From Mathematics to Islamic Culture
Holmberg, Tidge, Washington Report on Middle East Affairs
I attended a core-curriculum liberal arts college and it was there that I discovered Islamic culture. Not that it was represented in the books: there was not a single Arabic or Muslim author in the entire program. It first became obvious to me that something was missing in the mathematics classes.
We read Euclid, Apollonius, Ptolemy, and then Descartes, Newton, Copernicus. The cultural continuity was clear: the Ancient Greeks and the Modern Western Europeans. The intervening centuries, however, were silent. There was a brief mention that the Arabs had "stored" Ptolemy during those centuries, but even this incredible understatement was given grudgingly.
Descartes Presents Difficulties
I began to have difficulties with this interpretation when we read Descartes. I was amazed at the revolution he had wrought in mathemathics: his combination of algebra and geometry created the world anew. But where were the roots of this revolution? There were elements in Descartes that were decidedly un-Greek. His use of number, his understanding of quantity, his preoccupation with analysis over synthesis: did they just pop into his mind? Where did Algebra come from? Where did Descartes'" algorithmic" method come from?
All, all came from the Middle East. Mohammed ibn-Musa al-Khowarizmi (from whose name comes "algorithm"), an Arabic mathematician who died around 850 AD, wrote the Al-jabr wa'l muqabalah, from which Europe learned "al-jabr" (algebra), the numerical science for discovering unknowns.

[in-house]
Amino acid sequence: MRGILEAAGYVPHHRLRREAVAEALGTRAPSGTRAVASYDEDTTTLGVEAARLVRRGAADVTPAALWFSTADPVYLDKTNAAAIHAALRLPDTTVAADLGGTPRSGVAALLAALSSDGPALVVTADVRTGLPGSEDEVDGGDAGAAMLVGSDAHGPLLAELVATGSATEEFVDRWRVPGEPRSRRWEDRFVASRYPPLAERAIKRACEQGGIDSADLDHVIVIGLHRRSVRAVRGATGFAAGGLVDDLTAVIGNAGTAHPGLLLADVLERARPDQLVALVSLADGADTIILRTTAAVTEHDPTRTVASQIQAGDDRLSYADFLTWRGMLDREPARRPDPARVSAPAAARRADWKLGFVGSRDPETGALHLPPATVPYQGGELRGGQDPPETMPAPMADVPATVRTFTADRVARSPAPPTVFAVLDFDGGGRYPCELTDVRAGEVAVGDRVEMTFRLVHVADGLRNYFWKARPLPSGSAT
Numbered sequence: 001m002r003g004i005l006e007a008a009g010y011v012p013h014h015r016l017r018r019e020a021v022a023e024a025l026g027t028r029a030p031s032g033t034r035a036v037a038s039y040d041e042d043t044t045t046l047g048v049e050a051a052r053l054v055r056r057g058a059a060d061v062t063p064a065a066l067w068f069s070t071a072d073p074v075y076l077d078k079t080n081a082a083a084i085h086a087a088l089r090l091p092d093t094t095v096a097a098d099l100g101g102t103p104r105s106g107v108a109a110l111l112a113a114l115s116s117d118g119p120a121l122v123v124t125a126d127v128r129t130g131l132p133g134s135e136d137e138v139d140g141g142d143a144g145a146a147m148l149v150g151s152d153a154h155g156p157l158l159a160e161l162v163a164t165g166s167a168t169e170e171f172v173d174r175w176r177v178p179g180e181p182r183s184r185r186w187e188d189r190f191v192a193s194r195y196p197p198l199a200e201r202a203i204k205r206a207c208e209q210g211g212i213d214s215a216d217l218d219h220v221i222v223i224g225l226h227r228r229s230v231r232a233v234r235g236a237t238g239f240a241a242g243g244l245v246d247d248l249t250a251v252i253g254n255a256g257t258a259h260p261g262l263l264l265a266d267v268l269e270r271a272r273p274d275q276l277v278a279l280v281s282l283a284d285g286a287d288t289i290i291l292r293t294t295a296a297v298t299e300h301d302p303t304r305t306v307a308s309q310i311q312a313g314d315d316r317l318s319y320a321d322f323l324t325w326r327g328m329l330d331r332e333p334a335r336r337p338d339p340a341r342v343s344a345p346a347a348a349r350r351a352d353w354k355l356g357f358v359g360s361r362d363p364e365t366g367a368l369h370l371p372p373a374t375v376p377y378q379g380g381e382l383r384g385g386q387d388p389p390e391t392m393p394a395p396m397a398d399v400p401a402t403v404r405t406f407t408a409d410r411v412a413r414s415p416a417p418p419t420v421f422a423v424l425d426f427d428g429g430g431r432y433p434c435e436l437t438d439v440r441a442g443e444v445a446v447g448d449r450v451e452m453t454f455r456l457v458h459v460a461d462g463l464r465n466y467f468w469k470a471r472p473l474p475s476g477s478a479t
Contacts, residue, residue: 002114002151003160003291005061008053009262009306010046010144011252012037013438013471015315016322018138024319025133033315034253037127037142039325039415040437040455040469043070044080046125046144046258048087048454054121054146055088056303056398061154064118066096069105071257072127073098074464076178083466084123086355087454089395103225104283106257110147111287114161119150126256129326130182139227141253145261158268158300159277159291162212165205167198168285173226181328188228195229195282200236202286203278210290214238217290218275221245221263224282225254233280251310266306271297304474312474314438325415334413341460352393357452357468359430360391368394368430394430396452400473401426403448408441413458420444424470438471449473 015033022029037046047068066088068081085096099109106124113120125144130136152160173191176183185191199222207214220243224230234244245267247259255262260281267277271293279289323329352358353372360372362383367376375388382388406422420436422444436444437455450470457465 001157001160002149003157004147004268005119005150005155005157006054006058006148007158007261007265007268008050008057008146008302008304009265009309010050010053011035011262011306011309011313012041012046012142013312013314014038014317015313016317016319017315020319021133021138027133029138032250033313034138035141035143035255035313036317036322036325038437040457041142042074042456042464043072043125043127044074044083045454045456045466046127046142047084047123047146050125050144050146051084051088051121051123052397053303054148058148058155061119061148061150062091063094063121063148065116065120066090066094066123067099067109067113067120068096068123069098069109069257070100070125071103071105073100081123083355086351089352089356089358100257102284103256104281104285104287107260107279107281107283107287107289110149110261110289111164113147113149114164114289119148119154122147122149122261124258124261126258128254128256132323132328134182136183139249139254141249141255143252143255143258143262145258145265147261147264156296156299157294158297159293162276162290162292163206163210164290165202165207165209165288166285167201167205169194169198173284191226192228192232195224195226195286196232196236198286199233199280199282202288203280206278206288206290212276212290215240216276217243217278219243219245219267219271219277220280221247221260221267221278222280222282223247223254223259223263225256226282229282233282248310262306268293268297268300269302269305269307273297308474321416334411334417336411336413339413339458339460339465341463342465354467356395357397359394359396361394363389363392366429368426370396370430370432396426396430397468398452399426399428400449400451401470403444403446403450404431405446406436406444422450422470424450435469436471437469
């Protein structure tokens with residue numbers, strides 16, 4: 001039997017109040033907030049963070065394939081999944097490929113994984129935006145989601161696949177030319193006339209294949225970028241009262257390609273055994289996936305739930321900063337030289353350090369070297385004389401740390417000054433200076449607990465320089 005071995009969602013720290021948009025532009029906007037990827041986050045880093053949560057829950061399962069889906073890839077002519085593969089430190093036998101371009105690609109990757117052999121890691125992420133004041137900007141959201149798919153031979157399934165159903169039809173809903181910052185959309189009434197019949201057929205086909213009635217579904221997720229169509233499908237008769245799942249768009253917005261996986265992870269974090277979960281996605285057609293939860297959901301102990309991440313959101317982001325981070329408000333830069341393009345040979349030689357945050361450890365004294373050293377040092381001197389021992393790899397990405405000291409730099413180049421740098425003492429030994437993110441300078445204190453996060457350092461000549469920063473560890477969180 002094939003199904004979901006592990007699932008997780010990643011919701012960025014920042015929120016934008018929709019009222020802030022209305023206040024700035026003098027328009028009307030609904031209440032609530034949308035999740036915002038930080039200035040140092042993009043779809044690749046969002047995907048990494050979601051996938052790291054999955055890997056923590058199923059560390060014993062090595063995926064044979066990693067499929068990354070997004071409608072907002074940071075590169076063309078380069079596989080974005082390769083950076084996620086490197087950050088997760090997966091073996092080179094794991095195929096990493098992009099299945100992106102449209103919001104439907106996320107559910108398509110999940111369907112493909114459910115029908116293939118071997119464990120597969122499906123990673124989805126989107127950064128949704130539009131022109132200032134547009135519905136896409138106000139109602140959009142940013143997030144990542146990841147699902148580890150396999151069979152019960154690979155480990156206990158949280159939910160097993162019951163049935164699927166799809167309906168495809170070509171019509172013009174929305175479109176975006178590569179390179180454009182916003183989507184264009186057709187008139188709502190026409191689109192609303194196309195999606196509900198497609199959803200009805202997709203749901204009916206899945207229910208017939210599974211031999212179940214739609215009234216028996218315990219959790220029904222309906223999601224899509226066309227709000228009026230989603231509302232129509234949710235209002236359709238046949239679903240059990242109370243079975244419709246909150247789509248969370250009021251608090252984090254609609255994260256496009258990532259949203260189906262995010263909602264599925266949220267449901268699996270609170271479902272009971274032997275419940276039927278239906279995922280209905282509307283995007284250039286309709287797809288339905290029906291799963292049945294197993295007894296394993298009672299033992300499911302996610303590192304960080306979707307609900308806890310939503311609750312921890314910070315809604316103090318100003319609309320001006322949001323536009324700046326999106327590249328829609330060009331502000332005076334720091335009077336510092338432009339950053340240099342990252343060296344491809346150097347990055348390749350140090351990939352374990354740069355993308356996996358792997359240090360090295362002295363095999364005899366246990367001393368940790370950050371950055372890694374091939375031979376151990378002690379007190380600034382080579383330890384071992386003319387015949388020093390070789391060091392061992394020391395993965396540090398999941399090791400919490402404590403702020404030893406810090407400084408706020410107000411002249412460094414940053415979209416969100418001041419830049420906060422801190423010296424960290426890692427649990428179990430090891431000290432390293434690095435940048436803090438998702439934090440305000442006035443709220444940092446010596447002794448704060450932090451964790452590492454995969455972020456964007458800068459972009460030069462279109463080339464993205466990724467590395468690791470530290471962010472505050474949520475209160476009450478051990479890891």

I learned all of this on my own, but it was an uphill battle. My biases were insidious and subtle, often sending me tumbling down when I thought I was on firm ground. My thoughts had developed along the lines of "Yes, Arabic philosophers and mathematicians contributed much to the great march of progress. No one can argue with that. However, they never really discovered anything new and none of their works, although used to great benefit, were essential to what followed, in the same sense that the Greek works were essential."
I did not realize that my second thought ("the Arabs never really discovered anything; they weren't essential") destroyed any meaning that could be attributed to the first ("the Arabs contributed much"). But that is the nature of contemporary prejudice. We all give lip service to open-minded ideals and to an even-handed grasp of past and present "facts." Our words help us feel that we have outgrown racism and parochial prejudice. The ugly reality breaks out in the particularities, in the twist of a phrase, in the use of the word "essential."
Every summer, I read non-curriculum books in order to glimpse all the history I was missing. I saw the light in terms of mathematics, but the light soon flooded everything else. Everywhere I turned, I found areas where Arabs had made essential contributions; physics, medicine, philosophy, theology, art, architecture, poetry, and prose. Science, rationality, beauty: these things did indeed exist outside of Europe.
A Painful Soul-Searching
But why did these realizations come as such a shock? I was an open-minded liberal, generous to all cultures and civilizations, and I "knew" of the Arabic/Islamic contribution to the history of mankind. Why were the facts so surprising? These questions required the kind of soul-searching that is particularly painful to anyone who believes he or she is not a bigot.
I began to realize that in my soul I held two totally different images of Arabs. …